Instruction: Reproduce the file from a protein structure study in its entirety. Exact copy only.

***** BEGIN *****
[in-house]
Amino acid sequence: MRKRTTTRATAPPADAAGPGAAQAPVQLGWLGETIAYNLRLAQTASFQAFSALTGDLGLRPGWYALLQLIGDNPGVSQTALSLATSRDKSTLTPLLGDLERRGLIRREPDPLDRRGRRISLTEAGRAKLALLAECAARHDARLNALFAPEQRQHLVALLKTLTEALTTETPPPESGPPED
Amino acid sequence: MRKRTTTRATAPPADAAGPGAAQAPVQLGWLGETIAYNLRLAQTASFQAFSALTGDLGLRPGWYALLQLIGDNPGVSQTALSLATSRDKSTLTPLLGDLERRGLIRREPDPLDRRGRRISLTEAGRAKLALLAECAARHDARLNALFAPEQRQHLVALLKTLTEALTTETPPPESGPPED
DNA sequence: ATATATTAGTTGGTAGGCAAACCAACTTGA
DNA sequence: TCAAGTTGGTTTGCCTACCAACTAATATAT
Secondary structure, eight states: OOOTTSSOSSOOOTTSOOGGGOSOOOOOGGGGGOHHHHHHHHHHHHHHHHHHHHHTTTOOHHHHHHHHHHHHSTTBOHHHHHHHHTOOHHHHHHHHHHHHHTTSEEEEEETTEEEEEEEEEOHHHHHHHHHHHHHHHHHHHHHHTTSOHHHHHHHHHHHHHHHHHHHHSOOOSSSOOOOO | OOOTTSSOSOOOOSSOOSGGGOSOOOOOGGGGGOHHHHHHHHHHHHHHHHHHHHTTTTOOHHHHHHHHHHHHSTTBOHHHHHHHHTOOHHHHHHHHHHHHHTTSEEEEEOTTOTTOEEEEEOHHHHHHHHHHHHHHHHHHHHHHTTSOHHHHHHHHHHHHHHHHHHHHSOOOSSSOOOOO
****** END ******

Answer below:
[in-house]
Amino acid sequence: MRKRTTTRATAPPADAAGPGAAQAPVQLGWLGETIAYNLRLAQTASFQAFSALTGDLGLRPGWYALLQLIGDNPGVSQTALSLATSRDKSTLTPLLGDLERRGLIRREPDPLDRRGRRISLTEAGRAKLALLAECAARHDARLNALFAPEQRQHLVALLKTLTEALTTETPPPESGPPED
Amino acid sequence: MRKRTTTRATAPPADAAGPGAAQAPVQLGWLGETIAYNLRLAQTASFQAFSALTGDLGLRPGWYALLQLIGDNPGVSQTALSLATSRDKSTLTPLLGDLERRGLIRREPDPLDRRGRRISLTEAGRAKLALLAECAARHDARLNALFAPEQRQHLVALLKTLTEALTTETPPPESGPPED
DNA sequence: ATATATTAGTTGGTAGGCAAACCAACTTGA
DNA sequence: TCAAGTTGGTTTGCCTACCAACTAATATAT
Secondary structure, eight states: OOOTTSSOSSOOOTTSOOGGGOSOOOOOGGGGGOHHHHHHHHHHHHHHHHHHHHHTTTOOHHHHHHHHHHHHSTTBOHHHHHHHHTOOHHHHHHHHHHHHHTTSEEEEEETTEEEEEEEEEOHHHHHHHHHHHHHHHHHHHHHHTTSOHHHHHHHHHHHHHHHHHHHHSOOOSSSOOOOO | OOOTTSSOSOOOOSSOOSGGGOSOOOOOGGGGGOHHHHHHHHHHHHHHHHHHHHTTTTOOHHHHHHHHHHHHSTTBOHHHHHHHHTOOHHHHHHHHHHHHHTTSEEEEEOTTOTTOEEEEEOHHHHHHHHHHHHHHHHHHHHHHTTSOHHHHHHHHHHHHHHHHHHHHSOOOSSSOOOOO